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The NISA is governed by a Board. In addition, the NSIA governing council shall provide advice and counsel generally to the Board, having regard to the independence of the Authority.
The Excess Crude Account (ECA) has been replaced with three sovereign wealth funds. These sovereign funds will manage Nigeria’s excess earnings from crude oil. The current administration stated the current Excess Crude Account has no real legal backing since it was formed under a political arrangement from the previous administration.
The NSIA will receive monthly funding of a significant portion of oil and gas revenue above the budgeted revenue and approved by parliament.
The Nigeria Sovereign Investment Authority (NSIA) will manage these three funds.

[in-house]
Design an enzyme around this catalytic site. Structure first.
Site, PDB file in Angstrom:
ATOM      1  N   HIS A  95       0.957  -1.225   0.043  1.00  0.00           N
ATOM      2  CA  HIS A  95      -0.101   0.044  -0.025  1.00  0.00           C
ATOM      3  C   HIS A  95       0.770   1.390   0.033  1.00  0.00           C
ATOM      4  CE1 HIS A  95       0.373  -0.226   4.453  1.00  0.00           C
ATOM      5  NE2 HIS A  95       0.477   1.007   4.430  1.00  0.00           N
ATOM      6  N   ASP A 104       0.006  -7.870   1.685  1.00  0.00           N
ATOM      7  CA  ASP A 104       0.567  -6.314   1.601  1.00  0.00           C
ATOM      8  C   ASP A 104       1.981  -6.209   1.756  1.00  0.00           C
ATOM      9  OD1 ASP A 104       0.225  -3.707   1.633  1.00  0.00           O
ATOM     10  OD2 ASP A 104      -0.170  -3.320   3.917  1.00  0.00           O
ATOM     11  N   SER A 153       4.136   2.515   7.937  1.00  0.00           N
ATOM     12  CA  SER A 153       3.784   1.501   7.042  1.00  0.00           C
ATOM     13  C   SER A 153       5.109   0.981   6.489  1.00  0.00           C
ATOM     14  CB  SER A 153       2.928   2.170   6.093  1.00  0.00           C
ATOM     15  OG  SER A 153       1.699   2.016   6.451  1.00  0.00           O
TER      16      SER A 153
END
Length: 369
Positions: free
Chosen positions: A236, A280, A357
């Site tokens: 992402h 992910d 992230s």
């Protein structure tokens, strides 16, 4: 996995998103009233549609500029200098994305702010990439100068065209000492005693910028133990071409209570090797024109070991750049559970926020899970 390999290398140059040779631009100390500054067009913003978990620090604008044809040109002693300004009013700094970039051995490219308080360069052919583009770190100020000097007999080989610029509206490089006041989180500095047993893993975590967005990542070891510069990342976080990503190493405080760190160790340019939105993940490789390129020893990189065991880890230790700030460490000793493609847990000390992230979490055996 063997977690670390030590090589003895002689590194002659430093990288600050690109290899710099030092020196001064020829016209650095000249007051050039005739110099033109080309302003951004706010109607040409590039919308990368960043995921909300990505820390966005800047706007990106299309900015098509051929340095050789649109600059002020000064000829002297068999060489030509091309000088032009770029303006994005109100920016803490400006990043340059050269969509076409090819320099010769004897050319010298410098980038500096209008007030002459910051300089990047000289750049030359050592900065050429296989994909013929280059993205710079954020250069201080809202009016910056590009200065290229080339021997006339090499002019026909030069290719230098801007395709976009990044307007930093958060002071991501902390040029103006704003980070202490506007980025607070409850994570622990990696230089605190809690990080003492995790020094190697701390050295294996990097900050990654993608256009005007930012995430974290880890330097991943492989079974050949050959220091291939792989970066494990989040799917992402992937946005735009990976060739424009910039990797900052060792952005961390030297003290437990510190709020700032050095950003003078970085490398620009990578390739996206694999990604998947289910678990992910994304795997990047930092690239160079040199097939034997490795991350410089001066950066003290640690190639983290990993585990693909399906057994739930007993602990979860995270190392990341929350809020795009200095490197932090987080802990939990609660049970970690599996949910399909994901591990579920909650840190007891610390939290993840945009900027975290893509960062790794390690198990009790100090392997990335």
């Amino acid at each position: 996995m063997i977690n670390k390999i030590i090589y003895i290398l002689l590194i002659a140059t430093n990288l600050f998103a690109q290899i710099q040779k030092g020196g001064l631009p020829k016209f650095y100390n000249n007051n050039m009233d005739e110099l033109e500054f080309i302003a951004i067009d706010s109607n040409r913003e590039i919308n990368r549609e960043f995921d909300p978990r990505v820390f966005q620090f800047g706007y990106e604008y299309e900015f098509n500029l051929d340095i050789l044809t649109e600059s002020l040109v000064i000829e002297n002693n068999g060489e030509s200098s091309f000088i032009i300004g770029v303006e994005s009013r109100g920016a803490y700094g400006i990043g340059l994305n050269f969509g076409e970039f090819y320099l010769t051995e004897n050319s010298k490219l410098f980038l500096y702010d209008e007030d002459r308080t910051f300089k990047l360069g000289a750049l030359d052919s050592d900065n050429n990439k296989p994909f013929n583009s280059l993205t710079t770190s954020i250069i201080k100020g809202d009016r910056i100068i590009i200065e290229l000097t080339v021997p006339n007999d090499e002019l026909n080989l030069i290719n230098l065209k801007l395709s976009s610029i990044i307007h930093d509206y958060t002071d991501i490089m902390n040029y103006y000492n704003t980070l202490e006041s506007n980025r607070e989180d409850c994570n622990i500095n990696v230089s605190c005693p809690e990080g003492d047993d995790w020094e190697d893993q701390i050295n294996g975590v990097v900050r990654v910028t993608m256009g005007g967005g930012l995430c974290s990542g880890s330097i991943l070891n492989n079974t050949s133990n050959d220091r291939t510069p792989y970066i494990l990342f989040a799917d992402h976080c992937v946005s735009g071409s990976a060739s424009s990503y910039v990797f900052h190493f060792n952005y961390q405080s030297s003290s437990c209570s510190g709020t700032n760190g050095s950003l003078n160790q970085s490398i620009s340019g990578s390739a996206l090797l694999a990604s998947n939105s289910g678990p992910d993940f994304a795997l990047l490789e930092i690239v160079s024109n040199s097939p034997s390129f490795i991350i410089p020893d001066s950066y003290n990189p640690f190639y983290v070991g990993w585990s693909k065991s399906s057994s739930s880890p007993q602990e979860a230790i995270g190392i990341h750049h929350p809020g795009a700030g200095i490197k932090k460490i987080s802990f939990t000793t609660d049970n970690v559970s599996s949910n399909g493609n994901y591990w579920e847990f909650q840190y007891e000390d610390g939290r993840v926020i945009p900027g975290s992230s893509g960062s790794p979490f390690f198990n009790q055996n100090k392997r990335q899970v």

- Future Generations Fund
- Nigerian Infrastructure Fund
- Stabilization Fund
Background on Nigeria Sovereign Investment Authority
Funds were previously held in the Excess Crude Account (ECA) to help stabilize the budget. The ECA was created in 2004. The rationale behind the ECA is to act as a stabilization fund, closing budget deficits that are a product of oil price volatility, and to potentially fund domestic infrastructure investments. The ECA was subject to ad hoc withdrawals. At the end of 2011, after the Nigerian government initiated a procyclical fiscal expansion paid by ECA withdrawals – the account was nearly depleted.
On May 11, 2011 the Nigerian Senate approved the Nigeria Sovereign Investment Authority Bill, 2010, which seeks to establish a sovereign wealth fund to manage excess profits from the country’s sale of crude oil. It was then passed in the lower house and signed by the President of Nigeria.